Telangana High Court: In an appeal filed by the husband against the order of the Trial Court convicting him under Section 498-A of the IPC, the Single Judge Bench of G. Radha Rani, J. upheld the order of conviction by the Trial Court and held that contradictory dying declaration consisting of consistent statements regarding abuse and cruelty can be considered.
In the present case, the husband (accused) poured kerosene on his wife (victim) and lit fire due to which she sustained 40% burn injuries and died in 2011 while undergoing treatment. On receipt of a call from the hospital, the Head Constable went there and recorded the victim’s statement. On requisition by the Police, the dying declaration of the victim was also recorded. After ten days, the victim intended to give a second dying declaration, therefore, the same was recorded on 18-07-2011. While undergoing treatment, the victim succumbed to burn injuries on 12-08-2011. The parents of the victim were examined, who stated that their son-in-law (accused) harassed their daughter (victim) for want of more dowry and after three days of the incident they were informed by their daughter that their son-in-law had poured kerosene in drunken condition on her and lit fire by closing the doors from inside.
As the death of the victim occurred within seven years of her marriage, the section of Law was altered from ‘woman burns' to Section 304-B of the IPC. After the investigation was completed, the charge sheet was filed against the accused for the offences punishable under Section 498-A and 304-B of the IPC. On considering the oral and documentary evidence on record, the Sessions Court acquitted the accused for the offence under Section 304-B. Further, the Trial Court found the accused guilty of the offence under Section 498-A of IPC and convicted and sentenced him to undergo rigorous imprisonment for a period of one year and fine of Rs. 1000. The accused preferred an appeal contending that the Trial Court failed to appreciate the conflicting versions given by the victim.
Submissions on behalf of the Appellant
Counsel for the appellant submitted that there were four dying declarations given by the victim and each one was an improvement over the other and when contradictory dying declarations were given by the victim, then the benefit of doubt should be given to the accused. Further, it was submitted that the victim in one of her dying declaration's stated that due to unbearable words, she poured kerosene on herself and set herself ablaze.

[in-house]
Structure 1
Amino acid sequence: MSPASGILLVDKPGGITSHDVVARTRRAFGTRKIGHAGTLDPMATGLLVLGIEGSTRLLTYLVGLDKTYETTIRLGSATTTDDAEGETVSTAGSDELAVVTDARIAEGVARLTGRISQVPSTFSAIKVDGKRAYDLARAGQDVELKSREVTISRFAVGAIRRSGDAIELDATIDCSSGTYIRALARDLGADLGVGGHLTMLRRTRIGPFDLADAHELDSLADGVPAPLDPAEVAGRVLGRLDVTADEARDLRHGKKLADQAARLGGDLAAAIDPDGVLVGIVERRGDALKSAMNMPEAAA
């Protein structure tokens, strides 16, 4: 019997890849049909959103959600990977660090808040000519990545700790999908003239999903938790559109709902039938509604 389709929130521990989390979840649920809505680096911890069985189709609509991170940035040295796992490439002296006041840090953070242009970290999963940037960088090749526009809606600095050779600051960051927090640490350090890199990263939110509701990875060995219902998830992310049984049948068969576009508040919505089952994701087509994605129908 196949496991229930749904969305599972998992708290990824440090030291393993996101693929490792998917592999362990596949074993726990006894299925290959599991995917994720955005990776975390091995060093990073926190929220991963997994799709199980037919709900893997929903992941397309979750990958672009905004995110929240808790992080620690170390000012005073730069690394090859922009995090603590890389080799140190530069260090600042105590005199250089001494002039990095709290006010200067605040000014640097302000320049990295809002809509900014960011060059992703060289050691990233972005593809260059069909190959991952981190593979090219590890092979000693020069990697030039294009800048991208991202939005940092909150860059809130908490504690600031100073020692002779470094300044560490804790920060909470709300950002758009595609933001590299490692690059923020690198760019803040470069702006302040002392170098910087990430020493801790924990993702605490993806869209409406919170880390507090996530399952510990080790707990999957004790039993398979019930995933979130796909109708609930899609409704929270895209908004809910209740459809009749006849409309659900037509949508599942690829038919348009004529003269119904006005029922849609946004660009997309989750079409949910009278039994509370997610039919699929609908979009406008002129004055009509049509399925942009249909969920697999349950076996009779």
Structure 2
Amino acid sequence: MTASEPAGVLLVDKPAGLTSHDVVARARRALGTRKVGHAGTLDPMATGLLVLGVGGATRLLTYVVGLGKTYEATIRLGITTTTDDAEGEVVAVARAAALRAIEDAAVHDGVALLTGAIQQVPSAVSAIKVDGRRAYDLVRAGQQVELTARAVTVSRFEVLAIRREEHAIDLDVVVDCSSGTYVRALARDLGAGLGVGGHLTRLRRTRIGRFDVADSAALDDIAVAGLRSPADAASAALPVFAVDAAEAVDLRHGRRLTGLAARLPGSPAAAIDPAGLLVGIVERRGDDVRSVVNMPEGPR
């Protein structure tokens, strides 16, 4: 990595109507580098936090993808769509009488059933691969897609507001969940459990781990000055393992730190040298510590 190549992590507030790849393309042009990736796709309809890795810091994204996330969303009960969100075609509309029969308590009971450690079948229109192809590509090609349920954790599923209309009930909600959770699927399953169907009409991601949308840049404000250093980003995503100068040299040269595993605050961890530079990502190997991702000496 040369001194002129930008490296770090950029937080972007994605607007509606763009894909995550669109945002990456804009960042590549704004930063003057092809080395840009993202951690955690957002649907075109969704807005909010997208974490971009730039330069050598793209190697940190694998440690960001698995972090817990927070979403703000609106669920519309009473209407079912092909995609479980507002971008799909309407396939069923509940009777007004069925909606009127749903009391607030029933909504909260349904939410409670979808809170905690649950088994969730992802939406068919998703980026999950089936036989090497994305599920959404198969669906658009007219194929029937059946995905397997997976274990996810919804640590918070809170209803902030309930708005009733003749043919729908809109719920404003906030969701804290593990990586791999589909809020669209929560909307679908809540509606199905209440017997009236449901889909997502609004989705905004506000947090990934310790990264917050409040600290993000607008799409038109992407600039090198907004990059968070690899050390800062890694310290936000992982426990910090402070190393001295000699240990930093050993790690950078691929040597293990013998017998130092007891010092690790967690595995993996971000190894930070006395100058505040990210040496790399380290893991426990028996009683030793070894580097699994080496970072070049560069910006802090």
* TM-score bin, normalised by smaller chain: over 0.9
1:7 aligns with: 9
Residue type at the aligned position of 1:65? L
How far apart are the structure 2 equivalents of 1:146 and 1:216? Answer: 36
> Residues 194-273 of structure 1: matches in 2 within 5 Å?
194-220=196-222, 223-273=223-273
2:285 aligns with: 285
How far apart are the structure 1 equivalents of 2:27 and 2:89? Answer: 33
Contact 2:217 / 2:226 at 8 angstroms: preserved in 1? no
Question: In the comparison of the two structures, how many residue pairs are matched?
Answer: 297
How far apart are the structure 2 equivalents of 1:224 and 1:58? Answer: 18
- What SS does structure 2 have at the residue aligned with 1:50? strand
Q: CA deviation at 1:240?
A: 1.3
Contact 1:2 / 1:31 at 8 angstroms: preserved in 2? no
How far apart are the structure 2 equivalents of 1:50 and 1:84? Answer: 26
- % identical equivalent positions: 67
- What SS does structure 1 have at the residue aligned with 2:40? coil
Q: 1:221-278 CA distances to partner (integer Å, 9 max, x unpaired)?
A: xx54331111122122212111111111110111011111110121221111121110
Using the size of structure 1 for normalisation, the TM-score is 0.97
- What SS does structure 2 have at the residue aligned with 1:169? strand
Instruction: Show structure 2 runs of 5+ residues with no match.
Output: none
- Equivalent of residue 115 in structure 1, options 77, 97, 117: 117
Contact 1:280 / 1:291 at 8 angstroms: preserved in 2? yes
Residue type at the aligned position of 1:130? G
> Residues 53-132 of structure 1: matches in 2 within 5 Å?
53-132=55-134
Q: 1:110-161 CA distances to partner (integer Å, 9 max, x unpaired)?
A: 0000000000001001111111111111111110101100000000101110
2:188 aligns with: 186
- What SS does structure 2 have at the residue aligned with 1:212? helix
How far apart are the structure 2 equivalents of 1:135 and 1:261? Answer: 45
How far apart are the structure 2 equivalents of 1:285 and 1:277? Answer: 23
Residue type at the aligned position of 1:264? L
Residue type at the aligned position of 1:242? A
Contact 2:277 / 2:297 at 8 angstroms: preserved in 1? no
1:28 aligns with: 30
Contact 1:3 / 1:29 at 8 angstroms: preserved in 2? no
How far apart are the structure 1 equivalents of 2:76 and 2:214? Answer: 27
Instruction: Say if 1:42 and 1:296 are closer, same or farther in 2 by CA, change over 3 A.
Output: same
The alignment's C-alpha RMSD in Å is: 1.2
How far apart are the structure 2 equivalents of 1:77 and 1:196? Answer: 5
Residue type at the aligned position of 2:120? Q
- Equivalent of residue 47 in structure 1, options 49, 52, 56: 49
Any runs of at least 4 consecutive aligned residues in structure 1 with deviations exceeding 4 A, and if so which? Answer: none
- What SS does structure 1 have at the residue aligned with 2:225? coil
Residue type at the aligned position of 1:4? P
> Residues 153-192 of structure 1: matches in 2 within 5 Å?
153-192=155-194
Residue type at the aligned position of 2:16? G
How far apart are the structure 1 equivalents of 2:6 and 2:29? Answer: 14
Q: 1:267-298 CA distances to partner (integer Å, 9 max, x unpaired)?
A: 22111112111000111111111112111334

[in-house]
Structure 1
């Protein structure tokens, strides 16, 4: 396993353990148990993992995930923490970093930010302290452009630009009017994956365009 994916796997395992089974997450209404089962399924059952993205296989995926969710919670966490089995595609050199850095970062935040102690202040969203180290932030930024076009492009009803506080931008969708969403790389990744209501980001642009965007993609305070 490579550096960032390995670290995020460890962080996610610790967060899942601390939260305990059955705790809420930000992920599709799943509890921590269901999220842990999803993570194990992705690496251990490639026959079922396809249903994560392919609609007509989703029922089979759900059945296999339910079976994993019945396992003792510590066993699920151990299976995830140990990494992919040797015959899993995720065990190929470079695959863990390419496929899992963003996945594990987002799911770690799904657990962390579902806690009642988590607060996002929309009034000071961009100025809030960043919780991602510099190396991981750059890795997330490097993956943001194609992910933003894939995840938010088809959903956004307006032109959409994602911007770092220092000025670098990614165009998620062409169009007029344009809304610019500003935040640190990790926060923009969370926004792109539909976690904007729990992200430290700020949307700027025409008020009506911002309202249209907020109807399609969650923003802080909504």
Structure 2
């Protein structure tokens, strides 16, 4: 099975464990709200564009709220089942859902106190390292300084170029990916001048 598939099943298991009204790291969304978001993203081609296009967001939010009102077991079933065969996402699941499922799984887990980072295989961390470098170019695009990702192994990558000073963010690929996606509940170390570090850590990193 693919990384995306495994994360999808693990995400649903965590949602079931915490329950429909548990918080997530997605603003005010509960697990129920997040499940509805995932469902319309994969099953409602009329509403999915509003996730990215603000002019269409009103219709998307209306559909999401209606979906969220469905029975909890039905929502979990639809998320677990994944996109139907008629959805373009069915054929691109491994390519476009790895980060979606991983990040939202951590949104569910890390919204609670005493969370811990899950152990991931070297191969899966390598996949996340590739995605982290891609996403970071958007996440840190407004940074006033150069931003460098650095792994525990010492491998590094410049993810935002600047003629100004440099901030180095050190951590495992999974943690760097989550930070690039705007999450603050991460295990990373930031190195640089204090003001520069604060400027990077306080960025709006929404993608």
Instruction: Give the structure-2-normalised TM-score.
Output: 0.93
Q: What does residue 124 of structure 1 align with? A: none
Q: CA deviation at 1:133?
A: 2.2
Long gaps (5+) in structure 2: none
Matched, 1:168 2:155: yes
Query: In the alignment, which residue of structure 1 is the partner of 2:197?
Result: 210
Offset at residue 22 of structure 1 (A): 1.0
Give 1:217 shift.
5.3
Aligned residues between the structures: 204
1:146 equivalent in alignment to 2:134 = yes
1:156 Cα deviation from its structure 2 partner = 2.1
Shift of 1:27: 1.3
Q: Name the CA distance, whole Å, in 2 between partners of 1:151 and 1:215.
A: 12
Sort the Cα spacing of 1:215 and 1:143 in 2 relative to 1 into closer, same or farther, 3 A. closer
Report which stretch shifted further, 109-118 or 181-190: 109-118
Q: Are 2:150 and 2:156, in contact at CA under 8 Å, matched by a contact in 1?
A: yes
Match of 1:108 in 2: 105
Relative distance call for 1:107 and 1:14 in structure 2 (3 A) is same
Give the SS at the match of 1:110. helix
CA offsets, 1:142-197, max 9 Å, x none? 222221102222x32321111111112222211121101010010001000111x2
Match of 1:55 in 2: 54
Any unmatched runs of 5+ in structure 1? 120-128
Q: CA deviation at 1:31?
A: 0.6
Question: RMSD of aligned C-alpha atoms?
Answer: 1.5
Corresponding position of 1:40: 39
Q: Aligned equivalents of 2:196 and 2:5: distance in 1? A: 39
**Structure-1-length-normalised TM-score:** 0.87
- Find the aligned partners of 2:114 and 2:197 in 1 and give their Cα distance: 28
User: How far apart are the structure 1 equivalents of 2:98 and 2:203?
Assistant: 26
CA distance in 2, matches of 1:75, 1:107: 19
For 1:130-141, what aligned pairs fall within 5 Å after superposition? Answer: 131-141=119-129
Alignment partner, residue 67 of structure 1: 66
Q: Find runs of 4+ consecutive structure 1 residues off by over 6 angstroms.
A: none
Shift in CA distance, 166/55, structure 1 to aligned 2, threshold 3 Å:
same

Question for Consideration
Analysis, Law, and Decision
The Court noted that the accused and the victim got married in 2010 and at the time of the marriage, the accused demanded dowry, for which, the father of the victim gave Rs. 55,000 cash, gold, and household articles. Thereafter, the accused demanded additional dowry, for which a panchayat was held. Later, the victim's father was informed that his daughter was admitted to hospital due to burn injuries.
The Court noted that “the Trial Court had taken all the precautions while recording the statements but as there were improvements in the dying declarations, the Trial Court considered that the dying declarations were given by the victim on tutoring. Therefore, the Trial Court observed that in view of the vital discrepancies in the dying declarations, the same could not be accepted”.
The Court noted that the victim had claimed in the first two dying declarations that she poured kerosene on herself and lit fire due to abusive, vulgar, and harsh comments used by the accused. But in the later dying declarations, the victim stated that the accused had poured kerosene and lit fire to her and used to harass her for dowry.
The Court held that though the subsequent declarations were improvements of each other, one statement was consistent that the accused used to beat the victim after drinking and constantly demanded dowry using vulgar and abusive language. Thus, the offence of Section 498-A of the IPC would be attracted due to consistent statement about harassment and cruelty by husband driving the victim to commit suicide. Therefore, the Court opined that “there was no illegality in the observation of the Trial Court in concluding that the accused was guilty of the offence under Section 498-A of the IPC and so, the Court did not find any necessity to interfere with the sentence inflicted against the accused”. The Court dismissed the appeal and confirmed the conviction and sentence inflicted against the accused by the Trial Court.
[K. Rajkumar v. State of Andhra Pradesh, Criminal Appeal No. 677 of 2013, decided on 11-11-2022]
Advocates who appeared in this case :
G.M. Vijay Kumar, Advocate, for the Appellant;
Public Prosecutor, for the Respondent.